|Address||1430 Maroons Road|
|Owner||Winnipeg Enterprises Corp.|
|Operator||Winnipeg Enterprises Corp.|
|Capacity|| Ice hockey: 10,100 WHA |
Ice hockey: 15,393 NHL
Ice hockey: 13,985 AHL
|Broke ground||October 19, 1954|
|Opened||October 18, 1955|
|Closed||November 7, 2004|
|Demolished||March 26, 2006|
|Construction cost||$2.5 million CAD |
($24.3 million in 2020 dollars )
|Architect||Herbert Henry Gatenby Moody Moody and Moore Architects|
| Winnipeg Warriors (WHL) (1955–1961)|
Winnipeg Jets/Clubs/Monarchs (WCHL) (1967–1977)
Winnipeg Jets (WHA / NHL) (1972–1996)
Winnipeg Warriors (WHL) (1980–1984)
Winnipeg Thunder (WBL / NBL) (1992–1994)
Manitoba Moose (IHL / AHL) (1996–2004)
Winnipeg Arena was an indoor arena located in the Polo Park district of Winnipeg, Manitoba, Canada. The arena was the city's premier ice hockey venue from 1955 to 2004 and is best remembered as the home of the first Winnipeg Jets franchise, which played in the World Hockey Association (WHA) from 1972 to 1979 and the National Hockey League (NHL) from 1979 to 1996. It was also home to junior and minor league teams such as the Manitoba Moose (1996–2004) and Winnipeg Warriors (1955–1961). The arena closed after the completion of the MTS Centre in November 2004 and was later demolished. A retail and commercial complex occupies the site today.
Construction on a new facility to replace Winnipeg's obsolete Shea's Amphitheatre began in October 1954. Situated between Winnipeg Stadium and the Polo Park Racetrack, the new arena opened its doors for the 1955–56 hockey season and, in its original configuration, had a seating capacity of approximately 9,500. During the 1950s and 1960s, the Winnipeg Arena was considered to be among the finest facilities in the western half of North America.
The Winnipeg Arena's grand opening occurred in conjunction with the first hockey game played on October 18, 1955, a Western Professional Hockey League game between the Winnipeg Warriors and the Calgary Stampeders. The ceremonial opening face-off was conducted by Warriors Hockey Club president J. D. Perrin Sr. before a sell-out crowd (including standing room) of 9,671, a then-record for the league. The following year, Perrin offered to purchase the arena and Winnipeg Stadium from Winnipeg Enterprises Corporation.In keeping with the tenor of the times, when public ownership was thought to be advantageous, the offer was rejected. The Warriors called the arena home until 1961, when the club was sold and relocated. Six years later, the arena found a new tenant in the Winnipeg Jets junior hockey club when it began play in the new Western Hockey League. The club would later be renamed the Monarchs and played at the arena until 1977.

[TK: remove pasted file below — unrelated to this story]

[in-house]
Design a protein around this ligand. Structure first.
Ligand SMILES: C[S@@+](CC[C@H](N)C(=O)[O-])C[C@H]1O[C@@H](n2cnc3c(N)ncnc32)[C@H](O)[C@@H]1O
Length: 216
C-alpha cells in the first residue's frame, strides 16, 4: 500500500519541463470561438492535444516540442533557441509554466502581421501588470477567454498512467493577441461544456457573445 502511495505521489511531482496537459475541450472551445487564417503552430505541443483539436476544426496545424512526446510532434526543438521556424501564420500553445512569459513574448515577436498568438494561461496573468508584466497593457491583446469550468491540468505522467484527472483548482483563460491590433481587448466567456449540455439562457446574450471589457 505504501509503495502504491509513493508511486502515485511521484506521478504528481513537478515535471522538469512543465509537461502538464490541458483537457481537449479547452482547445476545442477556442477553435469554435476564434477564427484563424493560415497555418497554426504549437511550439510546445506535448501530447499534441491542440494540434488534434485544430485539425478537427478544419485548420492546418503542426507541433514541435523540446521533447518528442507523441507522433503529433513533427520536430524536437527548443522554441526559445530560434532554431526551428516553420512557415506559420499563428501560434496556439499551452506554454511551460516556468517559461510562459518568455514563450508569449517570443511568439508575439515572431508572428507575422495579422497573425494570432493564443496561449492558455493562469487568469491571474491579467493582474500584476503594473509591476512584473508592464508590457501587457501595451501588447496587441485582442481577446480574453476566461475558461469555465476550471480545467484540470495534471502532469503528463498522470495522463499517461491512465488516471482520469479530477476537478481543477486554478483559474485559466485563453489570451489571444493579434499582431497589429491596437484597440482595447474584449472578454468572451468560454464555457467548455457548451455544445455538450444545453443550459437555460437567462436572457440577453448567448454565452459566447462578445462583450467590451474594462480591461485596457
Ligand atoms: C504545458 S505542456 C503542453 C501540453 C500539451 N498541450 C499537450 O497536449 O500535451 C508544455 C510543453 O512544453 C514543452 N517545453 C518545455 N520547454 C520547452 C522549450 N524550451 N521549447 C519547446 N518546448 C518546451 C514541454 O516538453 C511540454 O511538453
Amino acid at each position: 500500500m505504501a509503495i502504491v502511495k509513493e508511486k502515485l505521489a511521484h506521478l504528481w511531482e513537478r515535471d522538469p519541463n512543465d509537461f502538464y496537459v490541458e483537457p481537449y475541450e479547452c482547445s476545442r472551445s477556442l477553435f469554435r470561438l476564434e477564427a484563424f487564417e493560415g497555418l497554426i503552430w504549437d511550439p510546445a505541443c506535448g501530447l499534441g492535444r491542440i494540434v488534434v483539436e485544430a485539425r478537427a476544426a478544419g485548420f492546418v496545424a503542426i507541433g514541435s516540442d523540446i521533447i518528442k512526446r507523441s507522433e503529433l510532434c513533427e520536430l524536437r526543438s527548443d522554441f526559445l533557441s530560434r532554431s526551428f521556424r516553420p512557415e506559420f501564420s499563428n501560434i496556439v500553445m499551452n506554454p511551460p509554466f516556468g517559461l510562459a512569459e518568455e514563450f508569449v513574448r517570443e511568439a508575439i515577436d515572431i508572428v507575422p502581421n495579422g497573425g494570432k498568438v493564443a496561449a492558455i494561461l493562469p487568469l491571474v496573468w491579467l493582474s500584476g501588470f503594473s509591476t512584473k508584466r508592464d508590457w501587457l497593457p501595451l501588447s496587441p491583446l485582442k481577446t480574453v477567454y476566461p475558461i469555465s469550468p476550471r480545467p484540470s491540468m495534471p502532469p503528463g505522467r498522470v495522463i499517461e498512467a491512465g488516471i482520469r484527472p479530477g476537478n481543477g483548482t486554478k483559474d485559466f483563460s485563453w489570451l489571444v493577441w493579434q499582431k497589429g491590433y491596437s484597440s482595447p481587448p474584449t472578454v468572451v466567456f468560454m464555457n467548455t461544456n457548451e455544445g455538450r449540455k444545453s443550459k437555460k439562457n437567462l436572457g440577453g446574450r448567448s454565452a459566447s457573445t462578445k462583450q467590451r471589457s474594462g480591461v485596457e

On September 6, 1972, the Winnipeg Arena found itself in the international spotlight when it hosted the third game of the infamous Summit Series between Canada and the Soviet Union. Approximately 9,800 spectators packed the arena to witness the two teams battle to a 4–4 draw.
In fall of 1972, a new era for the Winnipeg Arena dawned with the birth of the Winnipeg Jets, playing in the upstart WHA. Their on-ice success during the 1970s brought three WHA championship banners to the rafters of the arena and made the Jets the pride of the city.
In 1979, the Jets were one of four teams admitted into the National Hockey League after the demise of the WHA, which would necessitate a major expansion to the arena. The seating capacity was expanded to 15,565, mostly through the construction of upper decks on the east and west sides. The construction of these upper decks created an overhang above the lower deck seating areas, obstructing views according to many spectators. That same year, a painting of Queen Elizabeth II was commissioned for the arena by Francis Lawrence Jobin, the Lieutenant Governor of Manitoba. The painting measured 5 by 7 metres (16 by 23 ft) (one of the largest ever painted of the Queen) and hung from the arena's rafters. A White Way sign centre-hung scoreboard with colour matrix animation boards replaced an American Sign and Indicator centre-hung scoreboard circa 1987. The American Sign and Indicator scoreboard, in use since the 1980–1981 season, was moved to Copps Coliseum in Hamilton, Ontario.[ citation needed ]